Tangle of Time (Gin Westcott)

Tangle of Time is the first novel in the Tangle of Time series by Gin Westcott.
Finished on: 08.09.2020
[I got this book in a LibraryThing Early Reviewer Give-Away.]

Plot:
Mae, her boyfriend Greg and his friends Toke and Dexter hear about a job opportunity wherre they could make money fast – the perfect thing for college students like them. The job is physically demanding – getting precious stones from an old well – but things are going well. Until they aren’t and the foursome find themselves trapped in a series of tunnels. And when they finally find their way out, they find themselves thrown back in time to the 19th century. To say that they really need to readjust everything as they try to figure out how to get home is putting it mildly.

I like time travel stories and since the back cover text alludes to a feminist outlook, I was very excited to get into Tangle of Time. Unfortunately, the book doesn’t quite live up to my excitement about the idea.

The book cover showing two men and a woman standing in a valley. Arrows can be seen sticking out of a tree, there is a cabin in the distance and a cave that glows blue.

Tangle of Time is Westcott’s debut novel, so a certain unpolished feel to the novel might be explained by that. But I did struggle with the execution regardless. Starting with the fact that it takes more than a third of the novel until they actually arrive in the past, with most of their way there being them fumbling through darkness in tunnels. Not exactly what I signed up for.

And then, when they finally arrive in the past, the novel is very much concerned with the day-by-day routine of how people lived at the time. How did they cook, dress themselves, survive. And while some of that is interesting and, of course, you need at least some of that to make the setting feel believable, it was a bit too detail-oriented for me.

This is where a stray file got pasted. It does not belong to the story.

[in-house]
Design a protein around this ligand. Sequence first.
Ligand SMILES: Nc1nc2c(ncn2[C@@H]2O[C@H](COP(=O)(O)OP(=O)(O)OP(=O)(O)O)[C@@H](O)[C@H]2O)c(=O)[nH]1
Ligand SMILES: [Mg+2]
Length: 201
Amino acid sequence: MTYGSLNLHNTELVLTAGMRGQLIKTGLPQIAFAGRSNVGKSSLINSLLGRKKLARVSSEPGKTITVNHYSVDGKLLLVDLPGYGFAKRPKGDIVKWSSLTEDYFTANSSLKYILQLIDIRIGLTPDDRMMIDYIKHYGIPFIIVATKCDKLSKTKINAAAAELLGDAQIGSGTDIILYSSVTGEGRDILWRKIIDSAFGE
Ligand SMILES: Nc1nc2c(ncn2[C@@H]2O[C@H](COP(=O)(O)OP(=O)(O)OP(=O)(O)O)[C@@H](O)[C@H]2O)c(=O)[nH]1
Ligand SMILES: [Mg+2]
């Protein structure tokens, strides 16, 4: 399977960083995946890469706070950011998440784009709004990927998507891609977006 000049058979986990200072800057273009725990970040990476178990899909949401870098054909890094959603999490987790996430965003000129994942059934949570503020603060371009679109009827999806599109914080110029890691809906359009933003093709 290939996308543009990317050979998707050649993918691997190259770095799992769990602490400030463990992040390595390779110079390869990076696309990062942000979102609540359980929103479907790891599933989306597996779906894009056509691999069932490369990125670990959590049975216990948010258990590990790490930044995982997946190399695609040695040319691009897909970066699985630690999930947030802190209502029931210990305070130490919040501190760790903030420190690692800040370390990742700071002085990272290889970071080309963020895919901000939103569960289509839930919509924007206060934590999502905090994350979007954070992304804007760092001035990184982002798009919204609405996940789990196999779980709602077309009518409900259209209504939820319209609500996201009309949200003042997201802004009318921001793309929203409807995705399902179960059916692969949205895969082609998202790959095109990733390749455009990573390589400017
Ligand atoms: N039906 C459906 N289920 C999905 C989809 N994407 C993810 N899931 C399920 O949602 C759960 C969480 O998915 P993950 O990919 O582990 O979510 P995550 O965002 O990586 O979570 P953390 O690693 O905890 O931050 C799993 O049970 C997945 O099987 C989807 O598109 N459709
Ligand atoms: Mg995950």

But that’s not the only time where the novel gave me information I didn’t want and left out information I would have liked. Greg gets separated from the other three and the novel seems to forget about him a lot. Every once in a while, a chapter is written from his perspective and it always feels a little perfunctory. “Oh, we haven’t heard from Greg in a while, let’s look in on him. But don’t worry, it won’t be long until we return to the story we actually care about.”

The political dimension of the novel also left me a little disconcerted. I am very much a feminist myself, but the way Mae brings up feminist talking points had me actually rolling my eyes. I caught myself thinking “oh, get over it” – and I don’t want to think that about a feminist thought ever. I don’t know what went wrong here.

I was even more cautious about the treatment of the natives in the book. There were a couple of moments where the kids talk about the genocide, where it does sound a bit like “both sides made bad decisions”. In the end, the kids decide that they have to save the natives, which raised all of the available eyebrows for me, but the white saviorism (caveat: Mae is a latina) goes pretty much unchallenged. I would love to read the perspective of a Native American critic on the portrayal here in any case, but I (a white European) didn’t feel entirely comfortable with the way they were depicted.

I have definitely read worse novels, and I am sure that some of the unevenness here comes from the fact that it’s a debut novel. But I don’t think I will be continuing with the series to see how things progress.

Summarizing: I was hoping for more.

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